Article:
As the Cayman Islands got a tentative thumbs-up for improvements made to improve the transparency of its offshore industry, at least one law firm welcomed the remarks written on something of an international report card.
Maples and Calder, in a statement released this week, said that it was ‘pleased to see…the decision by the Organisation for Economic Co-operation and Development to place the Cayman Islands on a list of jurisdictions that have committed to internationally agreed tax standards.’
The law firm said that the action recognised the significant cooperation by the Cayman Islands over the years with several governments and other organisations such as the OECD.
The Cayman Islands have entered 20 tax information exchange commitments, bilateral and unilateral, the largest number of any offshore financial centre, and have implemented the automatic information-sharing with all EU states under the EU Savings Directive.
Although the OECD is still reviewing the Cayman Islands legislation introducing the unilateral mechanism and, therefore, stopped short of including the unilateral arrangements in the number of commitments that the Cayman Islands have entered, several OECD member states have nonetheless already recognised the validity of the unilateral mechanism, Maples said.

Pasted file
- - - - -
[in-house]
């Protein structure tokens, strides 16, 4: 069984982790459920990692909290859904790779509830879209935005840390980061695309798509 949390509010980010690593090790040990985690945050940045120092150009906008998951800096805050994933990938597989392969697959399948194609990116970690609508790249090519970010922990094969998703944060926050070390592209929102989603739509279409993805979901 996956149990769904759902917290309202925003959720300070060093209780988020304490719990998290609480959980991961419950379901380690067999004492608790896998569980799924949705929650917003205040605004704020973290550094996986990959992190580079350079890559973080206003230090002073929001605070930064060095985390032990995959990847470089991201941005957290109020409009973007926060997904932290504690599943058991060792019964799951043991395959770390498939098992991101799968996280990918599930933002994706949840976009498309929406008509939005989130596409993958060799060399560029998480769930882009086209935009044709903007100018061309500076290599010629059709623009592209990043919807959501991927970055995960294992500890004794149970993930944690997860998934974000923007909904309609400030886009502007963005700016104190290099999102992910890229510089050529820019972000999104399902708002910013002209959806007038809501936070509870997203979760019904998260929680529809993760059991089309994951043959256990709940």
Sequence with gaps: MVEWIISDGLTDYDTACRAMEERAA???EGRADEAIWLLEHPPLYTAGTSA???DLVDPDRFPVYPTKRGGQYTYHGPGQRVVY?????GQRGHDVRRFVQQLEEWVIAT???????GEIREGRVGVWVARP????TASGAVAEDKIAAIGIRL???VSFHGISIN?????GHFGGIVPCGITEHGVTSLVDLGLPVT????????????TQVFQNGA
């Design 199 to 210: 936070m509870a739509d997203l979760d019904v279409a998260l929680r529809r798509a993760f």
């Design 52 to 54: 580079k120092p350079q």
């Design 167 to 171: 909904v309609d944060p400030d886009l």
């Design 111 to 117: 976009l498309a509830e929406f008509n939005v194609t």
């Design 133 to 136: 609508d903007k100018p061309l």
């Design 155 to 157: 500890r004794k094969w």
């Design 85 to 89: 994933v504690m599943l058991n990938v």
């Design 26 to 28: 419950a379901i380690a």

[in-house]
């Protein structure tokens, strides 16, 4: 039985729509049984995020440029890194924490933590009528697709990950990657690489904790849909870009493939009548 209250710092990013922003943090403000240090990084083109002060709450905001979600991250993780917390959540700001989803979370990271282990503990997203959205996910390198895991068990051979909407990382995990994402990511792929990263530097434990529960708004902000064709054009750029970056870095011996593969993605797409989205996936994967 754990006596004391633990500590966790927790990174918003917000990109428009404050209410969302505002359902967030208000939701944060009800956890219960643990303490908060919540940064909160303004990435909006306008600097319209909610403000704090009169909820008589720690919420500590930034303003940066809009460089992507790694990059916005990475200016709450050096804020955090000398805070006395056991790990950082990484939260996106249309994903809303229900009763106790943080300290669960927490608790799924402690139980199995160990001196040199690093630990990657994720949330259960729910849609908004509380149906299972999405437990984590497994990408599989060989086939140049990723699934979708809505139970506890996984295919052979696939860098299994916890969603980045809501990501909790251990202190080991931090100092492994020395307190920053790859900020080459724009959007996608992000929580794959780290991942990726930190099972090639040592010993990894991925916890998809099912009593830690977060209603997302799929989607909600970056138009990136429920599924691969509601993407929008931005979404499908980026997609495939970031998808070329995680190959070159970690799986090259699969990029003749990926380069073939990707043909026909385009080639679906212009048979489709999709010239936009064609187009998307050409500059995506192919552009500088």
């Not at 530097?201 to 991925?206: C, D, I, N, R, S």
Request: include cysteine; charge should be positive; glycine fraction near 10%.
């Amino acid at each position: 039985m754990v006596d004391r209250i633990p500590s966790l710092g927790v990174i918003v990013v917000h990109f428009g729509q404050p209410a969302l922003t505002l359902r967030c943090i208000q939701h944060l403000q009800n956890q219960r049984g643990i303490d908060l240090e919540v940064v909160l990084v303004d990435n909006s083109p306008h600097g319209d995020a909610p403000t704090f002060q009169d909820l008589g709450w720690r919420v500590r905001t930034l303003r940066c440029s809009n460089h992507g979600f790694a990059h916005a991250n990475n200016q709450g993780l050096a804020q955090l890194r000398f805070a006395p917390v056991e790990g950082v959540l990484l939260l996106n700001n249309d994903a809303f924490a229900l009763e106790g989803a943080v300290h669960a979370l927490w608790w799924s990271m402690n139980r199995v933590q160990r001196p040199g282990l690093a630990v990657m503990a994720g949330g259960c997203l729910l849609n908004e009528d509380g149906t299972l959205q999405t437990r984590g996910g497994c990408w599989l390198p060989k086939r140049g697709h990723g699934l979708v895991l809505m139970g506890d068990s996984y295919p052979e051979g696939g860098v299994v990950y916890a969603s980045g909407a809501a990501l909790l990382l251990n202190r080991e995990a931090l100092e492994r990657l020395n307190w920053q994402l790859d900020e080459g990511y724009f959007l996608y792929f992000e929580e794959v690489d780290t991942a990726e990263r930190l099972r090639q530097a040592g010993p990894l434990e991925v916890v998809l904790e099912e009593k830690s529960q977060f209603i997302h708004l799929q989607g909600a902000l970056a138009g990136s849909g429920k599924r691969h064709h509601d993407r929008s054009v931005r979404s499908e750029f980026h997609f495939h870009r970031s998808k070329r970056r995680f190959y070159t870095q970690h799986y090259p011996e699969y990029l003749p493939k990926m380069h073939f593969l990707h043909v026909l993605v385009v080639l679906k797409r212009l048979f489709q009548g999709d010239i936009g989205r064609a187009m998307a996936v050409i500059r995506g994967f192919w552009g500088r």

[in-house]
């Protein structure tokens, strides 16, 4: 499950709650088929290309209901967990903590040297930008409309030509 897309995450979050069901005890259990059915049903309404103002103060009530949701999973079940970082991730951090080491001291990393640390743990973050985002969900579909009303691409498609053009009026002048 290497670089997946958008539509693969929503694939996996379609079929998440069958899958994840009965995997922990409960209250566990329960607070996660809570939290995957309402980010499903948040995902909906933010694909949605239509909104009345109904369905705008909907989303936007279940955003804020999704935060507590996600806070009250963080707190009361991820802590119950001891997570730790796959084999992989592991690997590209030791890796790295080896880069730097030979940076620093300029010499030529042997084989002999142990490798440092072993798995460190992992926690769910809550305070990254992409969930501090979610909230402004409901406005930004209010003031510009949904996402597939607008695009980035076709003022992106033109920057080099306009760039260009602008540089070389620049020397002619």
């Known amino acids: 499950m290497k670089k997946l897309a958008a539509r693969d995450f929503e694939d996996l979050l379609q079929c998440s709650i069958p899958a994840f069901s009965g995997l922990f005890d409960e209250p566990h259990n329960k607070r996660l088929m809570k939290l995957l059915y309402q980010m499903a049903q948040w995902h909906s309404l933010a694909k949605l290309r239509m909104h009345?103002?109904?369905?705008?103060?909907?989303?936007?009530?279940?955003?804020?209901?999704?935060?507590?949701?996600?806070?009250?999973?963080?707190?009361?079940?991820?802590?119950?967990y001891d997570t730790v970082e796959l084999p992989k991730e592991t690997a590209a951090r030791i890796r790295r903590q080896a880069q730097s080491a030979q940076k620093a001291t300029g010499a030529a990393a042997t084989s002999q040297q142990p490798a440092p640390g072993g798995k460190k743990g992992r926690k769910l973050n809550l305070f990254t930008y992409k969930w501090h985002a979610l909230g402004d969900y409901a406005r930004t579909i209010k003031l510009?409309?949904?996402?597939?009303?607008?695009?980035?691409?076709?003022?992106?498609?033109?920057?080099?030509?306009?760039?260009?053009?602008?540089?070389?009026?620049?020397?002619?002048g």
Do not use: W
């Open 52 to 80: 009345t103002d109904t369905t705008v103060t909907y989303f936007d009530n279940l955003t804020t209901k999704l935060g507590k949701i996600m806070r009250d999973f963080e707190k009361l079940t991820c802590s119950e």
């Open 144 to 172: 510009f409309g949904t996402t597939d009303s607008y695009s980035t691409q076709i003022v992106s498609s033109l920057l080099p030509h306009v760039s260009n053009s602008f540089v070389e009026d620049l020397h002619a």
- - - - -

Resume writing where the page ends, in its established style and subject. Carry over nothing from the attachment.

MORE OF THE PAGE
The German government, the firm said, had announced that it is ‘in accordance with the standard laid down by the OECD.’
Last week, the OECD praised the Cayman Islands for ‘setting a good example’ in relation to tax information exchange agreements and noted that it was one of the first jurisdictions to commit to the OECD standards.
‘We therefore look forward to the Cayman Islands being moved to the list of jurisdictions that have substantially implemented internationally agreed tax standards,’ the Maples release said, ‘as soon as the OECD review is complete.’